The scuttlebutt in the home brewing industry these days holds that
the hobby is in decline. Reports of homebrew shop closings abound,
and original manufacturers and suppliers lament the loss of growth
-- or even actual declines -- in sales. Although these observations
have some basis in fact, it is an exaggeration to leap to the conclusion
that home brewing is near the brink.
On the surface, it is true that some homebrew shops are closing.
What is also true is that in the past three years an incredible number
of new businesses entered the market to cash in on this fast-growing
industry. In many cases, the new start-ups overestimated the growth
or size of the market they were entering. A community that used to
support one thriving homebrew supply store soon had three. When one
closes in 1998, however, people infer gloom and doom for a declining
industry. Not true.
The same is true for the manufacturers and wholesalers. They may
indeed be seeing a lessening of growth or even actual declines, and
for the same reasons as the homebrew retailers. Not only do new manufacturers
and distributors enter the market, but new distribution channels further
shrink the slices of the pie. Home brewers often find creative ways
to find and buy cheap ingredients through breweries, for example,
and a certain amount of business is siphoned off through cut-rate,
The retail-at-wholesale issue bears specific mention because it undermines
the vitality of its suppliers. No company selling to the general public
at wholesale (or near wholesale) prices can make the profit margin
needed to operate a viable business. More important, these fly-by-night
distributors threaten the livelihood of bona fide homebrew retailers,
whose retail prices reflect the costs of overhead, personal attention,
and accessibility (consider the last time you had to run out for hops
or yeast on short notice).
In fact, home brewing is thriving. As Deb Jolda reports on page 15
of this issue, the Southern California brewfest provides ample evidence
of not only the interest but also the brewing skill and organizational
acumen of today's home brewers. Other similar homebrew events are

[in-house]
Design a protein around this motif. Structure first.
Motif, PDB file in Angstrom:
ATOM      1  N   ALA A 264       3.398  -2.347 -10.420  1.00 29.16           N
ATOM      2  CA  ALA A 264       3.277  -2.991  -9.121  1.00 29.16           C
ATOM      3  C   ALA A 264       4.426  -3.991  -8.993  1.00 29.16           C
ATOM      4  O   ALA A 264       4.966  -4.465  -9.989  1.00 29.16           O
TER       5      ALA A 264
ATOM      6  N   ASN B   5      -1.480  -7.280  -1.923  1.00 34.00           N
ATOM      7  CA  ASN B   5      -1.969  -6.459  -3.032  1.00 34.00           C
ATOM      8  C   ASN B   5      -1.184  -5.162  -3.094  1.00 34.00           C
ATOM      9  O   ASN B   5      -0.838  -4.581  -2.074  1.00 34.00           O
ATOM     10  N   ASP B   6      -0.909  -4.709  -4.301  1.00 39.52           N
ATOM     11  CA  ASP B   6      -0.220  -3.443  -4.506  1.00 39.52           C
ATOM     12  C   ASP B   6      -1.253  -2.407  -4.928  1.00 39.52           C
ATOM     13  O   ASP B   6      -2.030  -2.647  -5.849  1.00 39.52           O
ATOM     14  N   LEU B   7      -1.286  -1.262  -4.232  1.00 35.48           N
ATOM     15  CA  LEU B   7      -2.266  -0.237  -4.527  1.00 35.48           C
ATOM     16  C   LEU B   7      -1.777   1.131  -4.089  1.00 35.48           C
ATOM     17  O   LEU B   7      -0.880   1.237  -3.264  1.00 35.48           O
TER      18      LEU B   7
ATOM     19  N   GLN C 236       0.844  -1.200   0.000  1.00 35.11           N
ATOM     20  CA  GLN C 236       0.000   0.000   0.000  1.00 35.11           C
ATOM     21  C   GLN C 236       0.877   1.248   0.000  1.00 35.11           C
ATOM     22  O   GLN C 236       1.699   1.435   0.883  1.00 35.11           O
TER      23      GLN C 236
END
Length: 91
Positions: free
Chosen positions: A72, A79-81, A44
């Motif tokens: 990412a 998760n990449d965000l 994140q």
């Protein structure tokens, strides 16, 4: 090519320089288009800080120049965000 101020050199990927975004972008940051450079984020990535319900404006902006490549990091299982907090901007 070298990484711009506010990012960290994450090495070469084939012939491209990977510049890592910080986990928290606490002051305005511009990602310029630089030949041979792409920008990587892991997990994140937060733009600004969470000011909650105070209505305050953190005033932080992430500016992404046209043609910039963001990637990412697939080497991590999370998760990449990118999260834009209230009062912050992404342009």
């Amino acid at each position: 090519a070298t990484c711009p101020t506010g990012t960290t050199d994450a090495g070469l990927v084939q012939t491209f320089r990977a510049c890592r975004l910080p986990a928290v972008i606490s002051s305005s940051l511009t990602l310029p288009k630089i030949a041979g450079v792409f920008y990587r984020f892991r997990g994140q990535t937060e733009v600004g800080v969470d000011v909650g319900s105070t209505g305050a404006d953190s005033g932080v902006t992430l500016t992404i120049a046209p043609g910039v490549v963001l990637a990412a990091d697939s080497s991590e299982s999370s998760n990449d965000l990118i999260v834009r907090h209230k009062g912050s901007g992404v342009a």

springing up around the country: The Masters Championship of Amateur
Brewing came to life this year as a new national competition concept,
and the HBD Palexperiment, reported on page 40 of this issue, brought
home brewers together from around the country for an innovative national
So the truth about home brewing is that a dedicated core of home
brewers continues to push the limits of the hobby while the suppliers'
side is seeing many adjustments ("market corrections") that
result directly from growth, increased competition, and gray market
activities. Clearly, this scenario is not one of imminent demise.
Those of us closest to the community, however, still have reason
for concern. Any volunteer association will lose members simply through
attrition. For countless reasons, each year some home brewers let
their brewing hobby languish. The growth we've seen in home brewing
over the past 20 years reflects the net increase in brewers, which
means the influx of new brewers has outpaced the loss of brewers to
attrition. The concern today is really that the hobby is failing to
attract new members at a rate that exceeds losses through natural
Why are we not renewing our ranks? The answer is simple -- lack of
awareness in mainstream society. Clearly home brewers can make beer
as good or better than anything brewed commercially. Clearly home
brewers, even paying full price for ingredients and supplies, can
brew beer much more cheaply than anything they can buy in the store.
And clearly home brewers have fun.
I firmly believe that tens of thousands of people would take up home
brewing with gusto if they only knew they could. Most simply lack
the awareness that they can produce their own stellar beer and that
it can easy and fun. If we will show them, they will brew.
Currently, no national publicity campaign exists to promote the existence
of home brewing to the general public. For this reason BrewingTechniques
is advocating with the Home Wine & Beer Trade Association to organize
such an effort in the near future. Merely taking our hobby out from
hiding will swell its ranks as people learn how satisfying brewing
their own beer can be.
Home brewers are the original innovators of craft beer in North America.
They and the industry that services them deserves our wholehearted